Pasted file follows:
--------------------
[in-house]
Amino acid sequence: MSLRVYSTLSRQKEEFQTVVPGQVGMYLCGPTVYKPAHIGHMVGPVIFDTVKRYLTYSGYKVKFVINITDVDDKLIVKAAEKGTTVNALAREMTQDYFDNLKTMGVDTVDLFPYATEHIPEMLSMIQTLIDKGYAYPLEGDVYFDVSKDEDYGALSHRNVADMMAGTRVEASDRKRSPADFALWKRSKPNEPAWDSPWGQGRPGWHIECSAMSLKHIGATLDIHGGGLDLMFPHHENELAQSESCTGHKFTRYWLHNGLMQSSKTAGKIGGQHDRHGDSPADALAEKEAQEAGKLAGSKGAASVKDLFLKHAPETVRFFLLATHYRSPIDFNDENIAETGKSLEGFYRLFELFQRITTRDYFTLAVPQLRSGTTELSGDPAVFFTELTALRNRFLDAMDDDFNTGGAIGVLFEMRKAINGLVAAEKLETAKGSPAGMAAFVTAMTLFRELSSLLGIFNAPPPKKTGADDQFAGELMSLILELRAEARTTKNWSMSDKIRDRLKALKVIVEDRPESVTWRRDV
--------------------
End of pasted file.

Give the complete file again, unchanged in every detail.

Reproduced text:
[in-house]
Amino acid sequence: MSLRVYSTLSRQKEEFQTVVPGQVGMYLCGPTVYKPAHIGHMVGPVIFDTVKRYLTYSGYKVKFVINITDVDDKLIVKAAEKGTTVNALAREMTQDYFDNLKTMGVDTVDLFPYATEHIPEMLSMIQTLIDKGYAYPLEGDVYFDVSKDEDYGALSHRNVADMMAGTRVEASDRKRSPADFALWKRSKPNEPAWDSPWGQGRPGWHIECSAMSLKHIGATLDIHGGGLDLMFPHHENELAQSESCTGHKFTRYWLHNGLMQSSKTAGKIGGQHDRHGDSPADALAEKEAQEAGKLAGSKGAASVKDLFLKHAPETVRFFLLATHYRSPIDFNDENIAETGKSLEGFYRLFELFQRITTRDYFTLAVPQLRSGTTELSGDPAVFFTELTALRNRFLDAMDDDFNTGGAIGVLFEMRKAINGLVAAEKLETAKGSPAGMAAFVTAMTLFRELSSLLGIFNAPPPKKTGADDQFAGELMSLILELRAEARTTKNWSMSDKIRDRLKALKVIVEDRPESVTWRRDV